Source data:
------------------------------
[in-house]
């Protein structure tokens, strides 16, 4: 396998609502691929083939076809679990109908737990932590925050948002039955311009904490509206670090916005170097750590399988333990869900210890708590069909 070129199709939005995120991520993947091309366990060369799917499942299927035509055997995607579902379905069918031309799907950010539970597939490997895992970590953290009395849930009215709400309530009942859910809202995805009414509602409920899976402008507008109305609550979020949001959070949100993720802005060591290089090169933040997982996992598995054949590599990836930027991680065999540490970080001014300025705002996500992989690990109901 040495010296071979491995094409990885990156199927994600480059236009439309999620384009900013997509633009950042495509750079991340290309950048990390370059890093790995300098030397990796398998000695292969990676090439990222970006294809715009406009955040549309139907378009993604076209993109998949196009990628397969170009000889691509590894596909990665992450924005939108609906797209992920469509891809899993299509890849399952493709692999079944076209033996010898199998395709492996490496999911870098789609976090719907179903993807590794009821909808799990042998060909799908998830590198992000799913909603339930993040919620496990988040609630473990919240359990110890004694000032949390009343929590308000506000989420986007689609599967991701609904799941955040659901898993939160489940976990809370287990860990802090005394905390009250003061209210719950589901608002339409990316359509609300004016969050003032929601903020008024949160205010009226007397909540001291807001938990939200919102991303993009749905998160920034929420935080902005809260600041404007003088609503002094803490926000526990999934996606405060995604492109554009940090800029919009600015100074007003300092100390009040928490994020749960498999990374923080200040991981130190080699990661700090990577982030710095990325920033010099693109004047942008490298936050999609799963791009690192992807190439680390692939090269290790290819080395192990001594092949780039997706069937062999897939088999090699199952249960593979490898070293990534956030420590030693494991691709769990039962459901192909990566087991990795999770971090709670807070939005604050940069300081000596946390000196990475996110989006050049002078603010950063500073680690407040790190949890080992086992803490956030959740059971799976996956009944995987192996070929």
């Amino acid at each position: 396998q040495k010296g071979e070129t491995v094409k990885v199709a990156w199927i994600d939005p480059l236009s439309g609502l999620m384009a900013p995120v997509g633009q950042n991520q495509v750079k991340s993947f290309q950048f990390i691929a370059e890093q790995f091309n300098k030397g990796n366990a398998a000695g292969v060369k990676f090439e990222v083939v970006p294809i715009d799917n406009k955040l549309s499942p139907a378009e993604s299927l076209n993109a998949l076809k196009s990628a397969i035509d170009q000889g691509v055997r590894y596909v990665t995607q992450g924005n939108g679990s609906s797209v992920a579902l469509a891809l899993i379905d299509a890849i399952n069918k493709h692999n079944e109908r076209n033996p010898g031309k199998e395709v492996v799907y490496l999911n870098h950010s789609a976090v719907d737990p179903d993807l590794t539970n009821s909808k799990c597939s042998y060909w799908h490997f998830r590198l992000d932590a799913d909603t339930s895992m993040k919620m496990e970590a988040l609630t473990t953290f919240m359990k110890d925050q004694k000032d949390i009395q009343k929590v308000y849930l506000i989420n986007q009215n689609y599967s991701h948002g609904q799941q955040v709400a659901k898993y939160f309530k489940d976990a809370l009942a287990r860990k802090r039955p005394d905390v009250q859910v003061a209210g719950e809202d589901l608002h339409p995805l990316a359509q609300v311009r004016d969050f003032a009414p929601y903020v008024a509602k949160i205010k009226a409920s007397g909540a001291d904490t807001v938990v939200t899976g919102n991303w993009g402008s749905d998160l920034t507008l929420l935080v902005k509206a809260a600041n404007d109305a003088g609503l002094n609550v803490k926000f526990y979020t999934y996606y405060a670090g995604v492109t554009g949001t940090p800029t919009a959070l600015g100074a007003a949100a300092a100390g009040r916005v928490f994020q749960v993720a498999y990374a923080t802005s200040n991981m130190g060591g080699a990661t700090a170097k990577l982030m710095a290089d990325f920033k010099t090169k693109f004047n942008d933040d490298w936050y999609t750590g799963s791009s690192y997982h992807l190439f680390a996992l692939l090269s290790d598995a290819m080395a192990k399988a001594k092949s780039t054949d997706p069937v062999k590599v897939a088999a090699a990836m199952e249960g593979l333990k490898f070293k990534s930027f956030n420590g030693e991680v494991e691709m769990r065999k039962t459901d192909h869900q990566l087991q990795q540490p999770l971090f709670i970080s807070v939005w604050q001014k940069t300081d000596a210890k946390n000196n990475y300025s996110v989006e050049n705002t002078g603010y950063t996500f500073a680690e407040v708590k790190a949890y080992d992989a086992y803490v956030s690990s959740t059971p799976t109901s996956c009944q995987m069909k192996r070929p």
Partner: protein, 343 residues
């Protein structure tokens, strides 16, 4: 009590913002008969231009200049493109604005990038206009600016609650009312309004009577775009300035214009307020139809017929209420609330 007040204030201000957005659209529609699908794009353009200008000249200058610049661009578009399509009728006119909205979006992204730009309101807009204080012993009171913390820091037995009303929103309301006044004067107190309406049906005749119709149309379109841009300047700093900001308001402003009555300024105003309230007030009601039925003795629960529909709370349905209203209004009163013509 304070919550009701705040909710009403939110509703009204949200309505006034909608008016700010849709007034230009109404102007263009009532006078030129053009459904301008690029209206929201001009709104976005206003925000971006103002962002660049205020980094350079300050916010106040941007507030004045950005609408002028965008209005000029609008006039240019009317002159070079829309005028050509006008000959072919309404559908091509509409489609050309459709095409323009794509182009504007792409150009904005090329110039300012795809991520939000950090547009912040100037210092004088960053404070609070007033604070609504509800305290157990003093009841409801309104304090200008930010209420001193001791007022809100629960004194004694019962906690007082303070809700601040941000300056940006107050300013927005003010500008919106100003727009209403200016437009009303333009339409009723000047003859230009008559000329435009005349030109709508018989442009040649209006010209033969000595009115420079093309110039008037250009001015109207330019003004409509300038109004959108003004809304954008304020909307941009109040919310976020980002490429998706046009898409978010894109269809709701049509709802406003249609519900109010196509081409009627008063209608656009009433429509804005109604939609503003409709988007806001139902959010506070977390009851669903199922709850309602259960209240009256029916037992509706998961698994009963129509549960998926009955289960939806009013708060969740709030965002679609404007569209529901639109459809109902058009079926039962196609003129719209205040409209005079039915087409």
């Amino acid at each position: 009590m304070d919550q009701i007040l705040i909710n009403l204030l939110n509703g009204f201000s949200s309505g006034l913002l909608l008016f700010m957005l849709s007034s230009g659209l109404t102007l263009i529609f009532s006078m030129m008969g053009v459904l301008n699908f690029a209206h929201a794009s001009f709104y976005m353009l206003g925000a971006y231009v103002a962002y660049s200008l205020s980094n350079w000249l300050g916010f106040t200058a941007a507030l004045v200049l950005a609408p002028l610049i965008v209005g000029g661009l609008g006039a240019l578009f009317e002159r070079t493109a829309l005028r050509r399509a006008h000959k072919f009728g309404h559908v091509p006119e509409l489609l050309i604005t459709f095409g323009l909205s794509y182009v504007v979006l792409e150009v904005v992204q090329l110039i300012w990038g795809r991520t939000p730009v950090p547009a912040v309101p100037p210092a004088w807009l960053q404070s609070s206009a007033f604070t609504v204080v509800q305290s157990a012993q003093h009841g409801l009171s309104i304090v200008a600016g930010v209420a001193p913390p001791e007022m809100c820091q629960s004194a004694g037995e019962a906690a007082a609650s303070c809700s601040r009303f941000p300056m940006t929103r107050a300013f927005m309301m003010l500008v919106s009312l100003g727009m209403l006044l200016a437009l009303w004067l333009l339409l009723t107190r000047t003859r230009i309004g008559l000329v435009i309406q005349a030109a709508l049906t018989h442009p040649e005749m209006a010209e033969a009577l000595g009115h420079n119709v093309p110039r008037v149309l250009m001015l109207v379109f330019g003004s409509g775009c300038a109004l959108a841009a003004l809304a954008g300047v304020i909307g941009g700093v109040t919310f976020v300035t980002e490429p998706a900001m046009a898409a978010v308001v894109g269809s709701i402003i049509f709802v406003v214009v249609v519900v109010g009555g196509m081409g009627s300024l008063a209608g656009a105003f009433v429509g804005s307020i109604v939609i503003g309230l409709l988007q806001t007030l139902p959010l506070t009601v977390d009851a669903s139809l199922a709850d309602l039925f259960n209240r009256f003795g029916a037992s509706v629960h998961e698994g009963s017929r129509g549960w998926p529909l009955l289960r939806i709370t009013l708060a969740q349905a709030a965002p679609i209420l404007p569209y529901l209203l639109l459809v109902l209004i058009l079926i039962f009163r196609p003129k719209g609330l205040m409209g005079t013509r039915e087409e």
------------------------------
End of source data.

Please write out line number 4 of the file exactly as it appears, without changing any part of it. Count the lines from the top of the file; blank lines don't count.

Partner: protein, 343 residues